Bentonite mechanical evolution ( BEACON)
This project is dedicated to the management of ultimate nuclear waste. The overall objective of the project is to develop and test the tools necessary for the assessment of the hydro-mechanical evolution of an installed bentonite barrier and its resulting performance. One of the challenges is to take into account initial heterogeneities introduced in the system by conception. It will require a more detailed understanding of material properties, of the fundamental processes that lead to homogenisation, of the role of scale effects and improved capabilities for numerical modelling. Within the project, the Geomechanics group will improve and further develop his numerical Finite Element code Lagamine. The key issue is to be able to reproduce the swelling potential of the bentonite and its effect on its hydromechanical behavior. The numerical constitutive models currently are developed within WP3. The updated/newly developed models need to be tested and verified using available data (WP5). Many of the tests and experiments performed within previous EC projects and national programmes, will be used in the Beacon project. In parallel, an efficient experimental programme will support model development and testing (WP4).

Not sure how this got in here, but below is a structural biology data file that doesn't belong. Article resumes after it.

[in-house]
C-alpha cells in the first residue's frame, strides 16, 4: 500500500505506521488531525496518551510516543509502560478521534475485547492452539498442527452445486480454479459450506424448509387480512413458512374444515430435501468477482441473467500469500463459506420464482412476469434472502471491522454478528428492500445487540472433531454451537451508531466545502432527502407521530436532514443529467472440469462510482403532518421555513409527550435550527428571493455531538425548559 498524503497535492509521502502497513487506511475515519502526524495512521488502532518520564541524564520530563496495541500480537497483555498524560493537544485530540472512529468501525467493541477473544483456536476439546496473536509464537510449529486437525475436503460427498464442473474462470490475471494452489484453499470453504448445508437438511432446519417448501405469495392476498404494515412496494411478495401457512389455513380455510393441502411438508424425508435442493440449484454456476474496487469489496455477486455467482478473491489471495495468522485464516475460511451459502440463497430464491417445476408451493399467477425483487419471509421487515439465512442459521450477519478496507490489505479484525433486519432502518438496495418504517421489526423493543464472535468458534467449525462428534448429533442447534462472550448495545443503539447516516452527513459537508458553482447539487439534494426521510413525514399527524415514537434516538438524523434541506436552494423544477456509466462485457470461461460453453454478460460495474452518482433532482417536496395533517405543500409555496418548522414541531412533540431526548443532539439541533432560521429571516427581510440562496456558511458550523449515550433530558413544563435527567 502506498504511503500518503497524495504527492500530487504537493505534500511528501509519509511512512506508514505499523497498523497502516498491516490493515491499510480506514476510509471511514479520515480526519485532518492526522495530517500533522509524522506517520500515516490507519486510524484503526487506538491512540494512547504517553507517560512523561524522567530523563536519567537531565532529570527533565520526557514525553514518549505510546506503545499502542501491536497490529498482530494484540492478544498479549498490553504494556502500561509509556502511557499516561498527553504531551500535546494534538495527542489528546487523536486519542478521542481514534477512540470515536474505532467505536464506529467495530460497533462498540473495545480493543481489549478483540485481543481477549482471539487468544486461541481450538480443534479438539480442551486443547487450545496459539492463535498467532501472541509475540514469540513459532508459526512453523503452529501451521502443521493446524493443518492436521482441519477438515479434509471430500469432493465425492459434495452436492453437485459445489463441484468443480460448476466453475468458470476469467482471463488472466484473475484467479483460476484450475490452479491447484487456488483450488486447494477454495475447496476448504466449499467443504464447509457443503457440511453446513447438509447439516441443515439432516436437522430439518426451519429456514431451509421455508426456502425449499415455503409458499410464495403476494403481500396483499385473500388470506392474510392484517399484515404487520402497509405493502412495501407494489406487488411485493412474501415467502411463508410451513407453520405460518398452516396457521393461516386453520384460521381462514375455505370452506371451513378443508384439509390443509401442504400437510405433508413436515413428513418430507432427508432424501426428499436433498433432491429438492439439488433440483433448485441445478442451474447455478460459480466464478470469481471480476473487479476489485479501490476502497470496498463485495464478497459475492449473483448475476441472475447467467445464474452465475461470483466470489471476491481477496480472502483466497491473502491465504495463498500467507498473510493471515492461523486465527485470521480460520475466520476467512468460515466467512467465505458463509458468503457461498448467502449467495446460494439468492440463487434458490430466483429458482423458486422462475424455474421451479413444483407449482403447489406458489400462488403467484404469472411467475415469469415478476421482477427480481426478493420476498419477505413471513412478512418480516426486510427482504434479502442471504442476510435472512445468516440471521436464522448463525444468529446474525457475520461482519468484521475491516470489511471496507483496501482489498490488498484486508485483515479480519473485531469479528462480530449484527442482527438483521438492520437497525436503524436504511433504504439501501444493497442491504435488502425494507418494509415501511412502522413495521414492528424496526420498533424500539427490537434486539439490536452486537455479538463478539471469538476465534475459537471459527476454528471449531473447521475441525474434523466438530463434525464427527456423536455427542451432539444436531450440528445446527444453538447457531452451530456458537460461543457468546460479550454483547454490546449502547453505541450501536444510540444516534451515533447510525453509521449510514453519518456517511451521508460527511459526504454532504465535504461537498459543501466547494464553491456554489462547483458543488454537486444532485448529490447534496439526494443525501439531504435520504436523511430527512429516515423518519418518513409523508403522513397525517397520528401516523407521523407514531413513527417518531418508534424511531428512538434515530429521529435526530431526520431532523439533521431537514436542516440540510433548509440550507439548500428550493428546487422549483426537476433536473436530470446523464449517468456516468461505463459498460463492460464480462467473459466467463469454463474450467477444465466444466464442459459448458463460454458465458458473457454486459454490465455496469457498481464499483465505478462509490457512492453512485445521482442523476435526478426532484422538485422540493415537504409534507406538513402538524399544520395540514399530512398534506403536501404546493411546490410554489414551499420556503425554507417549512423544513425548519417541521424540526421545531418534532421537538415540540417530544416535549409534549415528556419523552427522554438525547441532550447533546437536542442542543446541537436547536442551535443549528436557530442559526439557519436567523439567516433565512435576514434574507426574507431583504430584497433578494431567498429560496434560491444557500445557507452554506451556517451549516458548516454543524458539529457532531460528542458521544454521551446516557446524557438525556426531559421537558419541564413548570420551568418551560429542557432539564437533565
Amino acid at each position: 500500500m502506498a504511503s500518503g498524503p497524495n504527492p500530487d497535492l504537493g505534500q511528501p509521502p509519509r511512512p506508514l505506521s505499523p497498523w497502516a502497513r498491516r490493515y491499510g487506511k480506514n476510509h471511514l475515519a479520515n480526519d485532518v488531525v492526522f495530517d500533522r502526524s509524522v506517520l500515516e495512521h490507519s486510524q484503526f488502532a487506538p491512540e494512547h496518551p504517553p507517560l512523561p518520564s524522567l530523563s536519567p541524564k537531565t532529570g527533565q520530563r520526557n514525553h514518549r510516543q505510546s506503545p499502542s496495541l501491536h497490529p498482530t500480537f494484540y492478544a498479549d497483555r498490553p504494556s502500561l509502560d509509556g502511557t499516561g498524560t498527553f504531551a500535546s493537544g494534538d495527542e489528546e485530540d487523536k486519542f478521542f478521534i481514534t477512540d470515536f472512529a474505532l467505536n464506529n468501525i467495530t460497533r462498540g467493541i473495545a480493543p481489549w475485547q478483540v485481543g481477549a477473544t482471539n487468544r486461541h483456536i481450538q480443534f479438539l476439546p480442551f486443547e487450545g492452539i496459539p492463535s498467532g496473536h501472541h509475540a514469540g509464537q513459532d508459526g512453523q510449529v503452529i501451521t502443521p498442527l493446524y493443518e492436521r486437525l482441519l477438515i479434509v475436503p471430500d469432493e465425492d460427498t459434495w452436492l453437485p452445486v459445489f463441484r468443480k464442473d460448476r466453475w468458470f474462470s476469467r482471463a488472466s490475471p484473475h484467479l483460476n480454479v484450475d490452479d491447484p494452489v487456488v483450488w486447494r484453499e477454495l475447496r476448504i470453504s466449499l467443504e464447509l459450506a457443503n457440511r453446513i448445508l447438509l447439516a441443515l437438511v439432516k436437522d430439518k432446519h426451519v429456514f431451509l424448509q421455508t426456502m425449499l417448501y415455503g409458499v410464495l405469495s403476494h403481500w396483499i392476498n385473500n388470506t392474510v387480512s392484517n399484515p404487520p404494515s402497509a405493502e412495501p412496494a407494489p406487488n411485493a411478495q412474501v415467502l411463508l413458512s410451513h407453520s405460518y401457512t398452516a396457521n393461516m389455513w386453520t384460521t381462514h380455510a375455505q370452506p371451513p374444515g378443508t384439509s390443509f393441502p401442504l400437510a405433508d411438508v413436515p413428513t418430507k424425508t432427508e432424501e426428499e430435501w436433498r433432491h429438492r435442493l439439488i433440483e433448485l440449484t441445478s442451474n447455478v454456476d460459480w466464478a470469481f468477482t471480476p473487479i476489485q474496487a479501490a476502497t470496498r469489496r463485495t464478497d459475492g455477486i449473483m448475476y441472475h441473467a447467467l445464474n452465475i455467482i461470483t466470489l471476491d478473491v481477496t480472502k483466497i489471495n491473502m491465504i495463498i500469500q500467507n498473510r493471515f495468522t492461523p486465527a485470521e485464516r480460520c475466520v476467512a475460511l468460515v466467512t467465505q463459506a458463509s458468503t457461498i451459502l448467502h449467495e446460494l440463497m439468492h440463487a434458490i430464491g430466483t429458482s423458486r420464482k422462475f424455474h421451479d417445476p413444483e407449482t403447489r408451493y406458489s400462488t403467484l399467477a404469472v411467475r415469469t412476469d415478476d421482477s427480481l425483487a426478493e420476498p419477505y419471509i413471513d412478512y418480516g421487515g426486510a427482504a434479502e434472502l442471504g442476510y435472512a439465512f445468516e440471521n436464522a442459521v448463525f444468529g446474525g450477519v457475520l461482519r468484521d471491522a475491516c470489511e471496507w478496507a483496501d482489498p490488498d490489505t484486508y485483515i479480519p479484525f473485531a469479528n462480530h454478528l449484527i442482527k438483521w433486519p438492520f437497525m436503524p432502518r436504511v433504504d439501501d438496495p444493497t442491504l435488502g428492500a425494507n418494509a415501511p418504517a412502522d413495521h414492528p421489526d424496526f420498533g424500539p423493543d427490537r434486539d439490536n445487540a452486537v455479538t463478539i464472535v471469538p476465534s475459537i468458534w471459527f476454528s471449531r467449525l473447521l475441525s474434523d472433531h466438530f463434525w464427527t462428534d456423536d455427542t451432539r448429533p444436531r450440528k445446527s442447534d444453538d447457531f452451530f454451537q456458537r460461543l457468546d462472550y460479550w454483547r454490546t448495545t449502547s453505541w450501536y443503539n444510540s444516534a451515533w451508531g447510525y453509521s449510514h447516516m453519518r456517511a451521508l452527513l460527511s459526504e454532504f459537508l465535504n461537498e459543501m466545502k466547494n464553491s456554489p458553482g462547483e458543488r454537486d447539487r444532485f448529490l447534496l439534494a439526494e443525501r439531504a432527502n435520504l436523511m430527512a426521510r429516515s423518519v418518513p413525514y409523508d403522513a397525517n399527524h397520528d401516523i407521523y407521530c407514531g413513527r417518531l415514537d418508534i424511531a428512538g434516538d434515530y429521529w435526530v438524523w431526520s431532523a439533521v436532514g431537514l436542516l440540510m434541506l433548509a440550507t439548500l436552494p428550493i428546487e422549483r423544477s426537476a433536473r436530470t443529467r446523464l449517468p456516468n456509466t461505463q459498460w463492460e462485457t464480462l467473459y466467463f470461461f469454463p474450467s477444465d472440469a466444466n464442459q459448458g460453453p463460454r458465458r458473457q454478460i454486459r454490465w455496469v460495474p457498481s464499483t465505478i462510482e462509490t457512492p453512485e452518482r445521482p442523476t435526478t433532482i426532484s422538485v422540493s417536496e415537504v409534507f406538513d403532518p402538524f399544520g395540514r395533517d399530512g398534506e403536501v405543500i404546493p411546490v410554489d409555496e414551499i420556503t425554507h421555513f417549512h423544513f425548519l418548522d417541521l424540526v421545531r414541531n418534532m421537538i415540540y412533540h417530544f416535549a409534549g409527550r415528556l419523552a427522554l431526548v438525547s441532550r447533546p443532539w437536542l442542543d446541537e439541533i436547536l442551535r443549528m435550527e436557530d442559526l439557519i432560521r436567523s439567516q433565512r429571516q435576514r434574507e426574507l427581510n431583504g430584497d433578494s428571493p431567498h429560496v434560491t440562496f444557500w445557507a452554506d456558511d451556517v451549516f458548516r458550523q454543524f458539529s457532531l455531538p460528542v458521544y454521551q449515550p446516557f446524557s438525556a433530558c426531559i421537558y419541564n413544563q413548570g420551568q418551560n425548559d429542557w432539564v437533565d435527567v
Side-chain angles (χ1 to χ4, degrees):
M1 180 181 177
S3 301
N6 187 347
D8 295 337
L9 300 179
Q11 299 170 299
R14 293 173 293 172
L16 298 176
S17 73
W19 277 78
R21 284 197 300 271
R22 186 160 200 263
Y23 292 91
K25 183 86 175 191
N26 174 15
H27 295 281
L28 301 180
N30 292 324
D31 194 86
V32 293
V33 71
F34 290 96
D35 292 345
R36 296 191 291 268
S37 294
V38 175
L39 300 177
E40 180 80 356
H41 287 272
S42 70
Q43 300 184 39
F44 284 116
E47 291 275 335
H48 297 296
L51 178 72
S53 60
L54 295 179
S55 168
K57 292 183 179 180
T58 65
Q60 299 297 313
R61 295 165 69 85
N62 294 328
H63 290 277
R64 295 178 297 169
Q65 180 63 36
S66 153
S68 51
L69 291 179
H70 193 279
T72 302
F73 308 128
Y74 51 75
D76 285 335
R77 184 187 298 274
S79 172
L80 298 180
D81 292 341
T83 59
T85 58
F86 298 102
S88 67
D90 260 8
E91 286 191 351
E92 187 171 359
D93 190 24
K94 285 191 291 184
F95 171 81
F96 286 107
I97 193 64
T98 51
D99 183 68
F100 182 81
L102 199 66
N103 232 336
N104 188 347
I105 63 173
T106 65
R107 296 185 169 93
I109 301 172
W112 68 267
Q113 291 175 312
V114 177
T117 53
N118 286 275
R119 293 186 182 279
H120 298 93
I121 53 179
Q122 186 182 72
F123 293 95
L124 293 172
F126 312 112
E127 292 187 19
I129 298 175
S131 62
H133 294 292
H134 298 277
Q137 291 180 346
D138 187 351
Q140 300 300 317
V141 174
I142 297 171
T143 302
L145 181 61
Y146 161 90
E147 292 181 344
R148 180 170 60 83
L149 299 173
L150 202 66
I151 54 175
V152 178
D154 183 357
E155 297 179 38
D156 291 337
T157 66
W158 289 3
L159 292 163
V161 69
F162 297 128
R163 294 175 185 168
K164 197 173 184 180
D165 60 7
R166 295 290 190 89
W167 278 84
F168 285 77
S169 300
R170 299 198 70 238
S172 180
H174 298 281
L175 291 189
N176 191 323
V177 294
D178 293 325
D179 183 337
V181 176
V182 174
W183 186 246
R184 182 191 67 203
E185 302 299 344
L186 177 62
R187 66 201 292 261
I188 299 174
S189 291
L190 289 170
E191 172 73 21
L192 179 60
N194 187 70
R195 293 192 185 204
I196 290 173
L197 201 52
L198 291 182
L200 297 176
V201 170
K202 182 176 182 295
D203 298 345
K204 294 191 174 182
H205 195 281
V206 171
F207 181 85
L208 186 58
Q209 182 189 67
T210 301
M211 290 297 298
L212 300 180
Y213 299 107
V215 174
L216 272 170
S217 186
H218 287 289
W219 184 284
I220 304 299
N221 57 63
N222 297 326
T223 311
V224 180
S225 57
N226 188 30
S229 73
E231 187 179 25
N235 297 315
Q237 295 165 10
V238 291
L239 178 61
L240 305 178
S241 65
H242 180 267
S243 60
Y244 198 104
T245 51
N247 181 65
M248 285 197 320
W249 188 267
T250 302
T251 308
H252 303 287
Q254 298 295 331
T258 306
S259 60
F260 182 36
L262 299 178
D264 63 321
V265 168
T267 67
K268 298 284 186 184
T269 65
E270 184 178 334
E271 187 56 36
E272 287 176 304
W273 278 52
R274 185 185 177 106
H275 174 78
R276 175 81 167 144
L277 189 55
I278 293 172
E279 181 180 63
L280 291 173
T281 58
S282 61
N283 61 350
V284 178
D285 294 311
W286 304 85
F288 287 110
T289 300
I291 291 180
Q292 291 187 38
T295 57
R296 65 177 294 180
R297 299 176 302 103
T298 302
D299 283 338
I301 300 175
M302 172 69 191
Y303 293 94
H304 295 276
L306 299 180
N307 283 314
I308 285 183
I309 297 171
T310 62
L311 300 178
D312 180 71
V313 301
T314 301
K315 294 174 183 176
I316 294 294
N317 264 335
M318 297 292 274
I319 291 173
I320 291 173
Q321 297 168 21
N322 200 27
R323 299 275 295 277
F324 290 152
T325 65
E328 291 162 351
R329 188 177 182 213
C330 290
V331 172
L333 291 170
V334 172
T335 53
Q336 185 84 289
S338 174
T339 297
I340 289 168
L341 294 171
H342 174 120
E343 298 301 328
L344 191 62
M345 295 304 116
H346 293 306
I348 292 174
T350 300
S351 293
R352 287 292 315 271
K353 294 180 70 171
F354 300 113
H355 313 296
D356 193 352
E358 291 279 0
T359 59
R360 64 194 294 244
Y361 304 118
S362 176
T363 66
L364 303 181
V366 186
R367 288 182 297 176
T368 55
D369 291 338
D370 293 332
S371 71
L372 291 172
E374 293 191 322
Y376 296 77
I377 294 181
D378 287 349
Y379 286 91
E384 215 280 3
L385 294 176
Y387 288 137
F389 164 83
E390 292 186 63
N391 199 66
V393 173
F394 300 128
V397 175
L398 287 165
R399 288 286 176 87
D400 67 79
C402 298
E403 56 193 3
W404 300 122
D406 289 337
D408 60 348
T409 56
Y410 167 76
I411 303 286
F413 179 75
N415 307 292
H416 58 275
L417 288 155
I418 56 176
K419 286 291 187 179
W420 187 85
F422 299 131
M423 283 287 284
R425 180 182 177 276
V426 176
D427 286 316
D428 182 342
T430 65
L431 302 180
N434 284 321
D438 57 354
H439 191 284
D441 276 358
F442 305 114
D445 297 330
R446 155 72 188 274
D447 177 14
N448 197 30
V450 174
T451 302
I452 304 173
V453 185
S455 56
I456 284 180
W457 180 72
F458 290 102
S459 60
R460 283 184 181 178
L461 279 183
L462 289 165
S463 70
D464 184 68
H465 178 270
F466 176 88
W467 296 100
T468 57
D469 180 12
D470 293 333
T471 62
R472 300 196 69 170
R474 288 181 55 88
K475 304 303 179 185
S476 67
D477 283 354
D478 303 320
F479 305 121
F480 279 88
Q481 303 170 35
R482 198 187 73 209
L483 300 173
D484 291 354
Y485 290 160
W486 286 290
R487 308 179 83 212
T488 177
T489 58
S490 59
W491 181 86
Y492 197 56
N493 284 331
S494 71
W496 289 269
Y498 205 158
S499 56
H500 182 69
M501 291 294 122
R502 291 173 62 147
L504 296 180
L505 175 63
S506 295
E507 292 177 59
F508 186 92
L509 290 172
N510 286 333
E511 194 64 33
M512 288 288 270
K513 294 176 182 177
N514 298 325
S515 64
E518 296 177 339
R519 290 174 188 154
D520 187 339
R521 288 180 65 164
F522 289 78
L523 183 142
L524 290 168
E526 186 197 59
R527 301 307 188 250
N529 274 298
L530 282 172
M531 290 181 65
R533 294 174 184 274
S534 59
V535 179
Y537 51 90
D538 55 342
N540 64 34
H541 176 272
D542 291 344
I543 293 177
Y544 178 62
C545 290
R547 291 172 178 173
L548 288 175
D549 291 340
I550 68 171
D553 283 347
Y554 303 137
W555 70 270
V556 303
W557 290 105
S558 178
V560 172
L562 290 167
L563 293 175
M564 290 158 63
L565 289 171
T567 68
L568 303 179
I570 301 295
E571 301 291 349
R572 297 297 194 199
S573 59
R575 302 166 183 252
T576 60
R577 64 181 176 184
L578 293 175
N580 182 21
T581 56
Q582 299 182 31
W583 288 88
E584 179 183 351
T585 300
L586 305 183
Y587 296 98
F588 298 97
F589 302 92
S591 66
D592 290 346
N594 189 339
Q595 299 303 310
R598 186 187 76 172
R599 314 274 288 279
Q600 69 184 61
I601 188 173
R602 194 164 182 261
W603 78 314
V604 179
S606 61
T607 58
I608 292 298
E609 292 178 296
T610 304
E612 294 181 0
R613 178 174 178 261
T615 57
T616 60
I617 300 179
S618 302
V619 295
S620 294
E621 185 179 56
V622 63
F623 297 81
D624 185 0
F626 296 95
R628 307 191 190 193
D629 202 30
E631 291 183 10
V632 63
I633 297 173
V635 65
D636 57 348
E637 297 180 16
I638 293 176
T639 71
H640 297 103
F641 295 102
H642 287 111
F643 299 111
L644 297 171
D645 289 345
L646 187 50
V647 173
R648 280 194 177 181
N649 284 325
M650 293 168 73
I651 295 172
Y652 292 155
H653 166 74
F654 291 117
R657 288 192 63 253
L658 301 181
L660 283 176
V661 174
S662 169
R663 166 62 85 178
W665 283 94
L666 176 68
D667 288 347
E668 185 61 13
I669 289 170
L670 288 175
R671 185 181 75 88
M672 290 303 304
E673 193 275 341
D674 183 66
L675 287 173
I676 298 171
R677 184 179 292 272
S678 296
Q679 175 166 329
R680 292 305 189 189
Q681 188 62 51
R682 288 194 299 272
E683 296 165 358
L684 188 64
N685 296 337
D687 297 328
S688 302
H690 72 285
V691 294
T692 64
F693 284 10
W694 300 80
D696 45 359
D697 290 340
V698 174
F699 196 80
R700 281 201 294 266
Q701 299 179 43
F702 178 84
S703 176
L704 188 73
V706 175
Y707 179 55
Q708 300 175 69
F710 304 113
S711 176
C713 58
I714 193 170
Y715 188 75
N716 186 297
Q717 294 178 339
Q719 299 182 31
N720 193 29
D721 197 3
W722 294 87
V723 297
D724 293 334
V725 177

Supervisor: Prof. Robert Charlier
Researcher: Liliana Gramegna
Institutional partners: Association pour la Recherche et le Développement des Méthodes et Processus Industriels (ARMINES), Manchester Metropolitan University, Pompes Funèbres de l'Avesnois, Technische Universität Kaiserslautern, NEO ECO DEVELOPPEMENT, Université de Liège, Université d’Orléans, Heberger GmbH Heberger , VICAT, Gemeente Almere, Stadt Pirmasens, Université de Lille, CIRWINN, Association pour le redéploiement économique du bassin sérésien, Centre technologique international de la Terre et de la Pierre, École Nationale Supérieure d'Architecture et de Paysage de Lille
Funding : Horizon2020 - Euratom Research and Training Programme 2014-2018
Budget : 196 768 € by European
Start of project : june 2017Total project duration: 48 months